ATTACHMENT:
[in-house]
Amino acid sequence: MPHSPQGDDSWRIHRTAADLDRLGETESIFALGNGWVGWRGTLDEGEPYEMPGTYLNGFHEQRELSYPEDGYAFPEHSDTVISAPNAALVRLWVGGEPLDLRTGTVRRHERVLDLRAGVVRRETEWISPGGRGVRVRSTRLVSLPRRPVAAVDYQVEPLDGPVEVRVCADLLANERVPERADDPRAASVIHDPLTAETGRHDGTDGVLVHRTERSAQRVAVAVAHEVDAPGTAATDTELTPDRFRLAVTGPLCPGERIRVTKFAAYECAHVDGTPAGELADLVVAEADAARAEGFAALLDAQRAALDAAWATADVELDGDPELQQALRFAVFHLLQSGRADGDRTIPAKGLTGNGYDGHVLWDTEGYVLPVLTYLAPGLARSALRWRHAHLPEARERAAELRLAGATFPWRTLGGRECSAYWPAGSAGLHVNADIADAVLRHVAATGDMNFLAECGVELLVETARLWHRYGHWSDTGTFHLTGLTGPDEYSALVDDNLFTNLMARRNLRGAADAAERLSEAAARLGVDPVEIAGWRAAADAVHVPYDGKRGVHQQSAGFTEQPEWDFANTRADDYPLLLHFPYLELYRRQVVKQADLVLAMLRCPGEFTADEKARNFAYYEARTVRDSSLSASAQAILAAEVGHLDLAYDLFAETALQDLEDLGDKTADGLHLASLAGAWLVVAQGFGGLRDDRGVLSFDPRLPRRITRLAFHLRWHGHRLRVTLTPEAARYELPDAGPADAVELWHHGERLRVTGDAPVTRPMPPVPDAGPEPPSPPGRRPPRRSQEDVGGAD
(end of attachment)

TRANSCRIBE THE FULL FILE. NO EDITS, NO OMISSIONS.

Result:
[in-house]
Amino acid sequence: MPHSPQGDDSWRIHRTAADLDRLGETESIFALGNGWVGWRGTLDEGEPYEMPGTYLNGFHEQRELSYPEDGYAFPEHSDTVISAPNAALVRLWVGGEPLDLRTGTVRRHERVLDLRAGVVRRETEWISPGGRGVRVRSTRLVSLPRRPVAAVDYQVEPLDGPVEVRVCADLLANERVPERADDPRAASVIHDPLTAETGRHDGTDGVLVHRTERSAQRVAVAVAHEVDAPGTAATDTELTPDRFRLAVTGPLCPGERIRVTKFAAYECAHVDGTPAGELADLVVAEADAARAEGFAALLDAQRAALDAAWATADVELDGDPELQQALRFAVFHLLQSGRADGDRTIPAKGLTGNGYDGHVLWDTEGYVLPVLTYLAPGLARSALRWRHAHLPEARERAAELRLAGATFPWRTLGGRECSAYWPAGSAGLHVNADIADAVLRHVAATGDMNFLAECGVELLVETARLWHRYGHWSDTGTFHLTGLTGPDEYSALVDDNLFTNLMARRNLRGAADAAERLSEAAARLGVDPVEIAGWRAAADAVHVPYDGKRGVHQQSAGFTEQPEWDFANTRADDYPLLLHFPYLELYRRQVVKQADLVLAMLRCPGEFTADEKARNFAYYEARTVRDSSLSASAQAILAAEVGHLDLAYDLFAETALQDLEDLGDKTADGLHLASLAGAWLVVAQGFGGLRDDRGVLSFDPRLPRRITRLAFHLRWHGHRLRVTLTPEAARYELPDAGPADAVELWHHGERLRVTGDAPVTRPMPPVPDAGPEPPSPPGRRPPRRSQEDVGGAD